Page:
Russia said Monday it has invited Kurds to take part in an upcoming Syrian peace congress in Sochi despite a Turkish offensive against Kurdish militia in northern Syria.
“Kurdish representatives have been included on the list of Syrians invited to participate in the Syrian National Dialogue Congress which will take place in Sochi next week,” foreign minister Sergey Lavrov said.
Together with Iran and Turkey, Russia – a key ally of Syrian President Bashar al-Assad – wants to convene a peace conference with the aim of agreeing a new constitution for post-war Syria.
Moscow initially hoped to convene peace talks in Sochi last November but those efforts collapsed due to lack of agreement among the three co-sponsors.
Turkish President Recep Tayyip Erdogan at the time fumed at the prospect of inviting the PYD and YPG to the conference.
“We cannot consider a terrorist gang with blood on their hands a legitimate actor,” Erdogan said in November without referring to the predominantly Kurdish militia by name,
Turkey views the YPG, which makes up the backbone of the Syrian Democratic Forces, and its linked PYD political party which control Efrin as extensions of Turkey’s Kurdistan Workers’ Party (PKK), which has fought a decades-long insurgency mainly in Turkey’s majority-Kurdish southwest. The PKK is designated a terrorist group by Turkey, the United States and European Union, among others, but the YPG is not so designated by the U.S. or E.U.
The Turkish military on Saturday launched the cross-border Operation Olive Branch, aiming to oust the YPG from its enclave of Efrin in northern Syria.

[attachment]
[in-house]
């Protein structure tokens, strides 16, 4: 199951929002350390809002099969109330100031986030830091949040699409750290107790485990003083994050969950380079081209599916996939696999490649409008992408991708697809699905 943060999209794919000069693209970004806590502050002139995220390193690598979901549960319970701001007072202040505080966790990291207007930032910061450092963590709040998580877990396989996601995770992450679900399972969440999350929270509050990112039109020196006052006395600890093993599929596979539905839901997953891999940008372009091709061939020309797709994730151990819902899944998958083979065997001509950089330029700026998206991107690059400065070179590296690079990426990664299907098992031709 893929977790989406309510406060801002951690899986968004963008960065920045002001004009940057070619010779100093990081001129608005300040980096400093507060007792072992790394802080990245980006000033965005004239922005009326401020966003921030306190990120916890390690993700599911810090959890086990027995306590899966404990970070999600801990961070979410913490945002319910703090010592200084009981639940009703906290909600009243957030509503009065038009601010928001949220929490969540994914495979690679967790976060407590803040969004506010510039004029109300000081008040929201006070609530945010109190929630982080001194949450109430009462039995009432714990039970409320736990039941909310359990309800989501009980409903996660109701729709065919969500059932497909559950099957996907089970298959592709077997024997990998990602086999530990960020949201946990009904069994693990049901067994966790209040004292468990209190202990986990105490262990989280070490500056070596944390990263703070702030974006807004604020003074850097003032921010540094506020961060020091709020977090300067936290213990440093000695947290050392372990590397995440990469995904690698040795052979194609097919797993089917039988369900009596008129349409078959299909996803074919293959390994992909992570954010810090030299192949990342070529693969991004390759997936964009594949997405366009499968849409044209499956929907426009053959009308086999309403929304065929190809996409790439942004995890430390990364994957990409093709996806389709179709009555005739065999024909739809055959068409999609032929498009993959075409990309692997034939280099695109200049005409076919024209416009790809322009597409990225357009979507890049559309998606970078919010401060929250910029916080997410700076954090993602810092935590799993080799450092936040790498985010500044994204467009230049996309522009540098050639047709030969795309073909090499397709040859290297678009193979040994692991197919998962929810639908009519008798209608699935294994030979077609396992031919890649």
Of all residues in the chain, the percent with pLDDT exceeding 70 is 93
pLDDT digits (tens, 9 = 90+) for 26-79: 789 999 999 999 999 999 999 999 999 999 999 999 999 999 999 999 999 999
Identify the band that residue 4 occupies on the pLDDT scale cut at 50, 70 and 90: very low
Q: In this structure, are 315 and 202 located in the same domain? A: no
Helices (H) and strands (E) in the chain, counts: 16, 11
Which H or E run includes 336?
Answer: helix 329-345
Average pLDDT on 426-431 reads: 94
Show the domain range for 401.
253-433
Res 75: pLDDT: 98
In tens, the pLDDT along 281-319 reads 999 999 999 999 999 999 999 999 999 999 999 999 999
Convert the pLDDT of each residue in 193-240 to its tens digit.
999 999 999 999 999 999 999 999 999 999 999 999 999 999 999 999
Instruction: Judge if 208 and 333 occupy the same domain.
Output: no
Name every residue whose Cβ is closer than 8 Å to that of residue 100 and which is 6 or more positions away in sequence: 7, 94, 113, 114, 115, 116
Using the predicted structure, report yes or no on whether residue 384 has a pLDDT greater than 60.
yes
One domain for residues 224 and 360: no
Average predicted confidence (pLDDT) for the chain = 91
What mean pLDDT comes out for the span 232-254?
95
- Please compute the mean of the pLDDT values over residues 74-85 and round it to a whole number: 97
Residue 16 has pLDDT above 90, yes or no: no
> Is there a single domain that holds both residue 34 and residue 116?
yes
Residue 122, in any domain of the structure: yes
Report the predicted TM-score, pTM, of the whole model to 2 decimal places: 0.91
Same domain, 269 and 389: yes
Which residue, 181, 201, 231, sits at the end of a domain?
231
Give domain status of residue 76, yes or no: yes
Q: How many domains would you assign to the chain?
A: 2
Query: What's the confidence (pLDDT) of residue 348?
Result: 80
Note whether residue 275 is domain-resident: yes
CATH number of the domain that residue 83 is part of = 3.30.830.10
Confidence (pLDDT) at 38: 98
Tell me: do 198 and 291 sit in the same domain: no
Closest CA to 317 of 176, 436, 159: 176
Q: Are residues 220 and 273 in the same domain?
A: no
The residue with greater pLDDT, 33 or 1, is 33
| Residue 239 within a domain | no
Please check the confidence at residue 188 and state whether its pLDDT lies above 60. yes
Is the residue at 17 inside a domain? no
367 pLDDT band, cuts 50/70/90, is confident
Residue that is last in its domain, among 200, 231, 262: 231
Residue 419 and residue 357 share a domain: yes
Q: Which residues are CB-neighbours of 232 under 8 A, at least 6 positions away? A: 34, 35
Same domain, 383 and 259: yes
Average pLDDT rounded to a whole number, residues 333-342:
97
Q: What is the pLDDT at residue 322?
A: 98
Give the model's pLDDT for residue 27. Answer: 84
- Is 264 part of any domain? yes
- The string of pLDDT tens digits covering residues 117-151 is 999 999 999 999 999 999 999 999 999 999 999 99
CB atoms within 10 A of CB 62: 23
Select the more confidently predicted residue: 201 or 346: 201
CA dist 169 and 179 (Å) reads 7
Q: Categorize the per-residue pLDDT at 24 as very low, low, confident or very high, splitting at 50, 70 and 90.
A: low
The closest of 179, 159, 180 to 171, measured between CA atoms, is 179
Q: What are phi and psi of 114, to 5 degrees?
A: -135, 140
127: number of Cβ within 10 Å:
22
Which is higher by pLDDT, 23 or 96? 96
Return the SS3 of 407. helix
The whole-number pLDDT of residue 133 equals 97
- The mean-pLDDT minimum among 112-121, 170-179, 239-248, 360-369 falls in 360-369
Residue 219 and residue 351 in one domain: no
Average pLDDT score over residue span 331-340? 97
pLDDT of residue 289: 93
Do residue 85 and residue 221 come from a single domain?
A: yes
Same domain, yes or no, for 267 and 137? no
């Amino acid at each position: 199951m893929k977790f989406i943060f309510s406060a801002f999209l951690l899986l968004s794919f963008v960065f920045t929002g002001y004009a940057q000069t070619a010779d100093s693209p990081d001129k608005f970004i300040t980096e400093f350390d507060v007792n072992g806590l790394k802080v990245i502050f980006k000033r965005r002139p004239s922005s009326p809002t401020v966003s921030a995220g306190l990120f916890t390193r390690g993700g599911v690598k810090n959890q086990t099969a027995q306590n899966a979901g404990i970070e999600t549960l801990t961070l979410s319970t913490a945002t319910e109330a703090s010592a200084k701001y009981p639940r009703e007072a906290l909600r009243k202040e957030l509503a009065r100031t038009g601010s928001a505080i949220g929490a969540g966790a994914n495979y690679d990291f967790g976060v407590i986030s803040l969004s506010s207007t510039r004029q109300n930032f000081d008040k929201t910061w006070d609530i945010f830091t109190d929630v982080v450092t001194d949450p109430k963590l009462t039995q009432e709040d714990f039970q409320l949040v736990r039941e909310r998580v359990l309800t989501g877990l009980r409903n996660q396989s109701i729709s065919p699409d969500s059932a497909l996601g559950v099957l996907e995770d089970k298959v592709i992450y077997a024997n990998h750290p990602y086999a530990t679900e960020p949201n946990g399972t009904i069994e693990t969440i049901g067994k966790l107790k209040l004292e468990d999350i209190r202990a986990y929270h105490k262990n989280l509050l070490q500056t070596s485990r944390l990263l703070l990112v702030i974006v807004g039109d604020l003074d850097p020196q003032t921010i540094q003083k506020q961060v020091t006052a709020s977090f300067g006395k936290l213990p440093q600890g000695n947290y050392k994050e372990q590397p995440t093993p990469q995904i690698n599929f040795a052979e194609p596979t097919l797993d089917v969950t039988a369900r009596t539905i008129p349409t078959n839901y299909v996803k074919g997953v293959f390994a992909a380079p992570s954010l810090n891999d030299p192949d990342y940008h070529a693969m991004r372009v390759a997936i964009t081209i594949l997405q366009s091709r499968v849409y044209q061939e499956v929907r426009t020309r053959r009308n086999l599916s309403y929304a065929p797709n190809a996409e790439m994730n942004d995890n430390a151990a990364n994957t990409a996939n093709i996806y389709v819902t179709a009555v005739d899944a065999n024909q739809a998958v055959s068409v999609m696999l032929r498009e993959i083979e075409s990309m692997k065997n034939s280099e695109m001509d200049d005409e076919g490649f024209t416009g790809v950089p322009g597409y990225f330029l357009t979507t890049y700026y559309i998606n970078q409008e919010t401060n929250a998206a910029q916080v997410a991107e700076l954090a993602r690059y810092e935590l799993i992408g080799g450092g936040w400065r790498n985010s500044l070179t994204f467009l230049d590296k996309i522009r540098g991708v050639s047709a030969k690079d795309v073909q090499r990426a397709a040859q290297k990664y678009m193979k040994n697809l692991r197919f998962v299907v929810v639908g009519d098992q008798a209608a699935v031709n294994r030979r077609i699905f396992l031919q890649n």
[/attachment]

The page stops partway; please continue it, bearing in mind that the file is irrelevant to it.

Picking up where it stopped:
But Lavrov on Monday said that Syrian Kurds should play a role in the “future political process.”
“This role should certainly be ensured,” he told reporters, adding that all of Syria’s ethnic groups should respect the country’s sovereignty and territorial integrity.
Lavrov meanwhile accused Washington of stoking separatist sentiment among Syria’s Kurds.
“Washington has actively encouraged and continues to encourage separatist sentiments among Kurds” while ignoring the “delicate” nature of the issue, Lavrov said.
“This is either a lack of understanding of the situation or an absolutely conscious provocation.”
However, parties in northern Syria have stressed that they want a federal system, not an independent state.
Interfax reported Lavrov as saying that the Coalition plan to set up a Syrian border security force comprised partly of veteran SDF fighters was a “blatant interference in Syrian internal affairs.”
Separately, Russian President Vladimir Putin’s spokesman Dmitry Peskov – asked whether the Turkish offensive would complicate the Sochi congress – declined to comment, but said that the preparations for the conference were under way.
With reporting from AFP